Whether you are a member of the armed forces yourself or are married to a service member, life is a bit more unstable for you than for civilians. Service members can be deployed to many different locations throughout their military careers, and spouses and families must either uproot themselves periodically or spend extended periods of time without the service member at home. This is clearly a sacrifice for all involved, but the pay-off comes in the form of a long, meaningful, satisfying career protecting our country and the acquisition of the many benefits available to military service members and their families. The main benefits include military retirement pay, Tricare medical coverage, base privileges, and access to the military exchange and commissary.
But what happens to all of these privileges when a couple divorces? Divorce is always difficult, whether you are a civilian or a service member in the United States Armed Forces. But a military divorce has specific rules that may add to your confusion over what you are entitled to. Whether you are the servicemember or the soon-to-be ex-spouse, it is important to have a handle on the rules that might affect you during – and long after – the process of getting divorced.
The Uniformed Services Former Spouses’ Protection Act (USFSPA) was enacted by congress in 1982. It was enacted in response to a Supreme Court ruling in 1981, essentially stating that Federal law did not give the courts the authority to award any share of a service member’s retirement to the ex-spouse in a divorce related property-division. In that ruling, however, Justice Blackmun wrote for the majority and stated that they invited Congress to change the Federal laws so that ex-spouses could receive their fair portion of such funds. Congress responded by enacting the USFSPA the following year.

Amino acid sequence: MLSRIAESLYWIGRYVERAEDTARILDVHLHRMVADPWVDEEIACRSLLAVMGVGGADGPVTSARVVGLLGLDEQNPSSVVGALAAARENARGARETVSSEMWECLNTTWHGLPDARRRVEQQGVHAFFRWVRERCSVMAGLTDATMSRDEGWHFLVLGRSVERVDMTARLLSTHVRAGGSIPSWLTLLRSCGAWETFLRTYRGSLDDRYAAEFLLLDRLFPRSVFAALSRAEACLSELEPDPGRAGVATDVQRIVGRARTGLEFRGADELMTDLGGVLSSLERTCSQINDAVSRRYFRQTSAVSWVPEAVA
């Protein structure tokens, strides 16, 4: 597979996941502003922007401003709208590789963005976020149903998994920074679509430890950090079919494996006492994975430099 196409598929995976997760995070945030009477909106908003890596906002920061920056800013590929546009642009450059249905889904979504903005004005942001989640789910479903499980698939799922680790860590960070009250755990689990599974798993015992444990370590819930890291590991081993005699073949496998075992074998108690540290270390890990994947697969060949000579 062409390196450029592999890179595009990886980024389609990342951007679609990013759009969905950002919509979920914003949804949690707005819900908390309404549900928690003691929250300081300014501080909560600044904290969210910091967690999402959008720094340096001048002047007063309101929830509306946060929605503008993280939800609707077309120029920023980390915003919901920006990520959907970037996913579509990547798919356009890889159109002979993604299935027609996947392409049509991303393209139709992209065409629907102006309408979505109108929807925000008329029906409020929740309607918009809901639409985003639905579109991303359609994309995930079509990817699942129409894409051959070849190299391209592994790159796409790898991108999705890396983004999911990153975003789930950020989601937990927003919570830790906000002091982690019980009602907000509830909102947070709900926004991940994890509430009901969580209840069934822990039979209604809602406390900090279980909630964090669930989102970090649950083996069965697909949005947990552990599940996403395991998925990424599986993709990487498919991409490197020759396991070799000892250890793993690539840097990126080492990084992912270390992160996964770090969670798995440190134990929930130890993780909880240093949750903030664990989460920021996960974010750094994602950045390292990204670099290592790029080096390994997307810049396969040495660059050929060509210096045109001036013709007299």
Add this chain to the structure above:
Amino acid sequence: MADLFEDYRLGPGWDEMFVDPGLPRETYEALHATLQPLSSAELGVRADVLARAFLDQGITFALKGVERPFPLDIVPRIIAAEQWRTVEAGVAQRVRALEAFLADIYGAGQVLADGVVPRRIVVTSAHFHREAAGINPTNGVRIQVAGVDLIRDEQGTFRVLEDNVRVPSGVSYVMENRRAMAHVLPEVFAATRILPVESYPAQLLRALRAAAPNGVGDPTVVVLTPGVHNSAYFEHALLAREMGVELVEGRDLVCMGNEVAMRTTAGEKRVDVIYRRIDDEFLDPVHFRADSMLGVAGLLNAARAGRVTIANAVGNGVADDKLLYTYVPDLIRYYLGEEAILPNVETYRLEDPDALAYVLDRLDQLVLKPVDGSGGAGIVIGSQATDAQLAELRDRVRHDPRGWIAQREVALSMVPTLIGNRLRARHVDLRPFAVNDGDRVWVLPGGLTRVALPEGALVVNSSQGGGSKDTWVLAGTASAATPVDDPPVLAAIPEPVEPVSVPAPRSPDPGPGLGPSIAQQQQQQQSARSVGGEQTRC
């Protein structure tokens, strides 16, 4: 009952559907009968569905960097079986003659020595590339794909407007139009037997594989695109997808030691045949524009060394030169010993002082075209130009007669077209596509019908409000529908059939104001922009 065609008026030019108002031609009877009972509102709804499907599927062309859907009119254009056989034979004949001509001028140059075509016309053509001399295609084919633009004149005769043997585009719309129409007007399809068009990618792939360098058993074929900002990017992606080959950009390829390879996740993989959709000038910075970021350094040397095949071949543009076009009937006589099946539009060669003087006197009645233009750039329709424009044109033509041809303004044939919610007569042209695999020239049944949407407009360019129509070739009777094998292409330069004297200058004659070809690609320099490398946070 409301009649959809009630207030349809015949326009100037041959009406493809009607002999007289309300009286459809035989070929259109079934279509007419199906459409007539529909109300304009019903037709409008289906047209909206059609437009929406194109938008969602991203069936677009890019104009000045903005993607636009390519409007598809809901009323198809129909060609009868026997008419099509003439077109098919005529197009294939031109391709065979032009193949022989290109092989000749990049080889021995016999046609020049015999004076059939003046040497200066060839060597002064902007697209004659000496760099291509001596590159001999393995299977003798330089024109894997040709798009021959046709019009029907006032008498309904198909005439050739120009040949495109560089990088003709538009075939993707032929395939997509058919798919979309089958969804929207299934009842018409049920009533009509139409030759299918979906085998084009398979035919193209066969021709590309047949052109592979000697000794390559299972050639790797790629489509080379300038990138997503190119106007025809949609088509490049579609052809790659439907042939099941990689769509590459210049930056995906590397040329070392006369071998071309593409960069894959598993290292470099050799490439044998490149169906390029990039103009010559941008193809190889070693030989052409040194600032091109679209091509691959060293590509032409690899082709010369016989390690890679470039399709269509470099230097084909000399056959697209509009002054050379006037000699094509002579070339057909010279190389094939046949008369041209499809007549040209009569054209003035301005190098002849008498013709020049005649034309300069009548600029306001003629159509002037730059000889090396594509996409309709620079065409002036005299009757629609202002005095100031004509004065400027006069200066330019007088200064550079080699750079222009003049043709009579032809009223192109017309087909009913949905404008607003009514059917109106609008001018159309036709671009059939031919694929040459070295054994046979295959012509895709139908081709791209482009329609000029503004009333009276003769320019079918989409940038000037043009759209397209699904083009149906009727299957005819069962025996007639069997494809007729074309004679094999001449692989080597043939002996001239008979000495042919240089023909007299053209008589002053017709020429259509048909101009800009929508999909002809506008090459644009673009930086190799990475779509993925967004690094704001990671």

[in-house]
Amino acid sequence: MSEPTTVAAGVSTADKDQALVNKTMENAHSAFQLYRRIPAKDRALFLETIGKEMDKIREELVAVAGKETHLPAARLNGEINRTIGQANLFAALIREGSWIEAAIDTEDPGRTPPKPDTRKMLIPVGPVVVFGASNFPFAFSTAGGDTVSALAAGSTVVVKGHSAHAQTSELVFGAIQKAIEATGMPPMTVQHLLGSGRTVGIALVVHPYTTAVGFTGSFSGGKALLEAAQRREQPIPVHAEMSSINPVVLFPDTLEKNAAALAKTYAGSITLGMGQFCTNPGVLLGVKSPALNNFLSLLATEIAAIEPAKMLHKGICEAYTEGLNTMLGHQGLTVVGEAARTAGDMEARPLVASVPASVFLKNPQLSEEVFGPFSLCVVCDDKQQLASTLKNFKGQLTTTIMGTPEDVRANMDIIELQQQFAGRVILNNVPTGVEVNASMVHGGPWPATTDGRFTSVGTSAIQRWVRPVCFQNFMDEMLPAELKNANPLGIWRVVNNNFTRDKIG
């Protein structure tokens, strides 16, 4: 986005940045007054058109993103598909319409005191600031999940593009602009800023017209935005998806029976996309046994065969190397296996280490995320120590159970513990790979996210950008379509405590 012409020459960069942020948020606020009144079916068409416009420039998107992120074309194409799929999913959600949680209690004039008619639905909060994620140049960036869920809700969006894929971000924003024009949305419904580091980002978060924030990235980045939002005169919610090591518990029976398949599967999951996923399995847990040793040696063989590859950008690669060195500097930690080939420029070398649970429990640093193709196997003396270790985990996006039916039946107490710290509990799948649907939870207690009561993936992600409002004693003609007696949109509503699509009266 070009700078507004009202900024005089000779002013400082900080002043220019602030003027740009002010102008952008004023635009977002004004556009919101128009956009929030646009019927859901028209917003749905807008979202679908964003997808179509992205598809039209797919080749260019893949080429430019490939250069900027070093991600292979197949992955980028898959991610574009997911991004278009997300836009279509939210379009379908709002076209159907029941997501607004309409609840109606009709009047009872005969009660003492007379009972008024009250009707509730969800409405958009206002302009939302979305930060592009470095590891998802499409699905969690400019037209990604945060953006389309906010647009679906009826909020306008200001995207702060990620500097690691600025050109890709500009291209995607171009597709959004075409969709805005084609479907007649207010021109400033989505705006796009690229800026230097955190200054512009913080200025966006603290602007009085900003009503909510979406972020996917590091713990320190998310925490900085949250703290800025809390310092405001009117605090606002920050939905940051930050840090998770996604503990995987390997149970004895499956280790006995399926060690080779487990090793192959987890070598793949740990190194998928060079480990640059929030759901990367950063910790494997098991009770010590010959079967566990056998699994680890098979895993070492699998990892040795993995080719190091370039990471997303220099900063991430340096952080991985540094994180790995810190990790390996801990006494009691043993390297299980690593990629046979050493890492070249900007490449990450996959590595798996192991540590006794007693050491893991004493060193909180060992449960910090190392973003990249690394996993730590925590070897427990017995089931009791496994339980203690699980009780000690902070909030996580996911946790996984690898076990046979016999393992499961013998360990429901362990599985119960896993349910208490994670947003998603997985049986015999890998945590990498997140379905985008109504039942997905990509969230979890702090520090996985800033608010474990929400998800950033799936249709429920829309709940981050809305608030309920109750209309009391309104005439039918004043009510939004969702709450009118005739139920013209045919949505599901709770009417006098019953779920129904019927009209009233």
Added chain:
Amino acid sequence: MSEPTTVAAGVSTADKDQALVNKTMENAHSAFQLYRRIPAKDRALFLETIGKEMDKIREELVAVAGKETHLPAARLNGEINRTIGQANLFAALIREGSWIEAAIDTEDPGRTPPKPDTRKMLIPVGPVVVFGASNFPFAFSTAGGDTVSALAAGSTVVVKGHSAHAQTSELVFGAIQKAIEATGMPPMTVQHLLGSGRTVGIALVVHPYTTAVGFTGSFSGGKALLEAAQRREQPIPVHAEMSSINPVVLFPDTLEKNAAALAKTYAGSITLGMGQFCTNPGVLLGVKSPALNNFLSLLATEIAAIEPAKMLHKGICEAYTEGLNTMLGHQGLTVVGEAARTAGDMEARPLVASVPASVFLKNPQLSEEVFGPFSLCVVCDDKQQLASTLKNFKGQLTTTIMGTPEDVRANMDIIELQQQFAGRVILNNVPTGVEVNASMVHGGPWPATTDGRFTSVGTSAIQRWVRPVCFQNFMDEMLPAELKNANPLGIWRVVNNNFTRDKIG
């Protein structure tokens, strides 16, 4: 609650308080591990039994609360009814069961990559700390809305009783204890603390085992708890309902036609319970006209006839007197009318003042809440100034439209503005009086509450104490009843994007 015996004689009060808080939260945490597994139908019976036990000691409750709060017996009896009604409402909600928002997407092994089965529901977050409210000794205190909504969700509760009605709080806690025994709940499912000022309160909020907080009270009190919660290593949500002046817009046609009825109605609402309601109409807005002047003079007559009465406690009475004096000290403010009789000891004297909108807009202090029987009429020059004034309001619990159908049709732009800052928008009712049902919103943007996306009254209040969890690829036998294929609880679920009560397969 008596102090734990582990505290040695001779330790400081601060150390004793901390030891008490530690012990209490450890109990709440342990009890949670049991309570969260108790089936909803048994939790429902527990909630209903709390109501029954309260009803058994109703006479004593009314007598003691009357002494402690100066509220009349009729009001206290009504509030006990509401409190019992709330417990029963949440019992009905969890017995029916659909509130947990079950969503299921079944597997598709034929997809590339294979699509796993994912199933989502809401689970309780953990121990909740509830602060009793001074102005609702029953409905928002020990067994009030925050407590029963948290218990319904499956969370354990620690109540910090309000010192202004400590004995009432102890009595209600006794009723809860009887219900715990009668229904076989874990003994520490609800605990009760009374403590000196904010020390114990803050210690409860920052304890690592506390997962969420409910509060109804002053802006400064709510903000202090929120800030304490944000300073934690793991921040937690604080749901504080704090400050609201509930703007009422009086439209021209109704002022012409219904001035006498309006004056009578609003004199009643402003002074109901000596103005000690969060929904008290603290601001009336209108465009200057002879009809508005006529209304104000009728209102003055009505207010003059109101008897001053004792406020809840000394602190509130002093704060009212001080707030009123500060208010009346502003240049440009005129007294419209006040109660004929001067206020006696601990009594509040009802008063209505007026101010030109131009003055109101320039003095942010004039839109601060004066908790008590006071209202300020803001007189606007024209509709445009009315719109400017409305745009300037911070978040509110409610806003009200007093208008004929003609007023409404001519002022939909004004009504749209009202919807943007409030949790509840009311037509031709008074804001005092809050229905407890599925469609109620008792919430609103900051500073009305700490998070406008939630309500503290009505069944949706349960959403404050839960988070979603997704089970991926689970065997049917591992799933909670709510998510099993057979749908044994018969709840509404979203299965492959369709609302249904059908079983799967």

The Essential Elements of the USFSPA
The USFSPA has a bright line test in a rule that has come to be known as the 20/20/20 Rule. This rule essentially states that a civilian ex-spouse of a service member can continue to receive military spousal benefits if:
- The parties were married for at least 20 years;
- The service member was an active member of the armed forces for at least 20 years; and
- The marriage must have overlapped the service member’s active military time by at least 20 years.
Obviously, military pensions are valuable assets, especially when you consider the fact that some people can retire by the age of 39 or 40 – which means that they will be getting their military pension pay for many years to come. The USFSPA categorized such pensions as “property” as opposed to “income” for the purposes of divorce. So now, each state court must treat the disposable military retirement pay as property and divide it according to the state’s laws on property division.
It is important to note that when the final divorce decree is issued, there must be a mention of the pension in order for a former spouse to continue to receive this benefit. If there is no mention of how the pension is to be distributed, this may well be viewed by the court as a “waiver” by the former spouse to any portion thereof. Make sure you do not inadvertently waive this valuable asset.